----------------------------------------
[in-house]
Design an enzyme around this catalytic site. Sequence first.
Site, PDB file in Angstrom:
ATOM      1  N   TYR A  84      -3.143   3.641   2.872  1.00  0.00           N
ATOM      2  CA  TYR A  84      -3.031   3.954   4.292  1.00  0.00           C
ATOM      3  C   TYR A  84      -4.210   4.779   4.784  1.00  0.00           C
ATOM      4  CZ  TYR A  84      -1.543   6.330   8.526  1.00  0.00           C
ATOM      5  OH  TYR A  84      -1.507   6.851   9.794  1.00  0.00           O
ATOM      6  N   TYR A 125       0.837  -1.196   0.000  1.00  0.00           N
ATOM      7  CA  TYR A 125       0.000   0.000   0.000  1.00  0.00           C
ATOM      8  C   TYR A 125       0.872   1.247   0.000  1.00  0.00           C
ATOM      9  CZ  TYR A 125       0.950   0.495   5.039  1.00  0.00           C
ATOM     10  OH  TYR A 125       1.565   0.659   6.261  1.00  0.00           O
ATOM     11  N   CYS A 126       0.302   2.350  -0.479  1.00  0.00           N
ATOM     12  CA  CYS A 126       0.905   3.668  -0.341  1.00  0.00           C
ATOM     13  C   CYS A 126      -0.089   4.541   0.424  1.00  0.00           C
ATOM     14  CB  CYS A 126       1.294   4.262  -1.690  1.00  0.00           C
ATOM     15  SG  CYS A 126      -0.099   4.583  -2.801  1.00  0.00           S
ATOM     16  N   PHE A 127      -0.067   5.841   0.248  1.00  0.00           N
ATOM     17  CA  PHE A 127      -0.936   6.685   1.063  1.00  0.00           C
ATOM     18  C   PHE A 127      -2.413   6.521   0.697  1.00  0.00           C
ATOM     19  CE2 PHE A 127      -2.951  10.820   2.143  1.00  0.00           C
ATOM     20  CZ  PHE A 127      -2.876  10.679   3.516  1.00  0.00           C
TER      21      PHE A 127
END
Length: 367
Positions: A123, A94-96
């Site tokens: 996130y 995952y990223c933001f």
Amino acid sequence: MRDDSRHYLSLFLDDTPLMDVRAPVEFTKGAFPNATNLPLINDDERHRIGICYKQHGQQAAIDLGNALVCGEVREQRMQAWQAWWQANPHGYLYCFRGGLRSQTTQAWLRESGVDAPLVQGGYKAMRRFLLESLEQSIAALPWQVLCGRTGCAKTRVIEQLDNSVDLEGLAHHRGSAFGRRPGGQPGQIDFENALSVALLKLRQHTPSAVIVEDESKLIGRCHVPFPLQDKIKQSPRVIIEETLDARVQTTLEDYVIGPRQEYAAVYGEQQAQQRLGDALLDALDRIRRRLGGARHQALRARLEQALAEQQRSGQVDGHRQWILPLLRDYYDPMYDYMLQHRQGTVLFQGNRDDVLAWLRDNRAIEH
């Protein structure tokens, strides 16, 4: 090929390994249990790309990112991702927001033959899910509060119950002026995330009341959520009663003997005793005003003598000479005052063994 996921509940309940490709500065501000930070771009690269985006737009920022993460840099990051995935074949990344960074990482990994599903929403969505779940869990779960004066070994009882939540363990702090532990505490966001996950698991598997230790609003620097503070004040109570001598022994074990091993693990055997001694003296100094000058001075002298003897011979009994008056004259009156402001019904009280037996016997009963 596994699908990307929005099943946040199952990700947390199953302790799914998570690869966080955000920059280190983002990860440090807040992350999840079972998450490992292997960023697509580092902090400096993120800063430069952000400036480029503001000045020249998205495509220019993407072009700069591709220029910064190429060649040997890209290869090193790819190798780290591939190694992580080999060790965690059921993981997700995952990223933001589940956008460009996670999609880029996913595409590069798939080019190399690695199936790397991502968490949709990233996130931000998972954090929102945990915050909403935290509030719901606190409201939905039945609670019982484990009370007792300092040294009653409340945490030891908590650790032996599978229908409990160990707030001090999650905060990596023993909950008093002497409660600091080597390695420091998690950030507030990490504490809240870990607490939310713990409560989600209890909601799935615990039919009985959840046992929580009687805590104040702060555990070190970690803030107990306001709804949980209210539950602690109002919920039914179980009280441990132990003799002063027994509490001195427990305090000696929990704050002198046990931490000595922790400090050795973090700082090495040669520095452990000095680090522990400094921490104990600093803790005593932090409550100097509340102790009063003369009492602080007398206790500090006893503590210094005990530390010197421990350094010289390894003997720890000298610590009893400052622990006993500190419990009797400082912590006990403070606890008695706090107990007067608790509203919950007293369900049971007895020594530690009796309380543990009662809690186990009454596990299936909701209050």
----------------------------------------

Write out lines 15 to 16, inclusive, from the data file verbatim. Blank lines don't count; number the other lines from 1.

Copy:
ATOM     12  CA  CYS A 126       0.905   3.668  -0.341  1.00  0.00           C
ATOM     13  C   CYS A 126      -0.089   4.541   0.424  1.00  0.00           C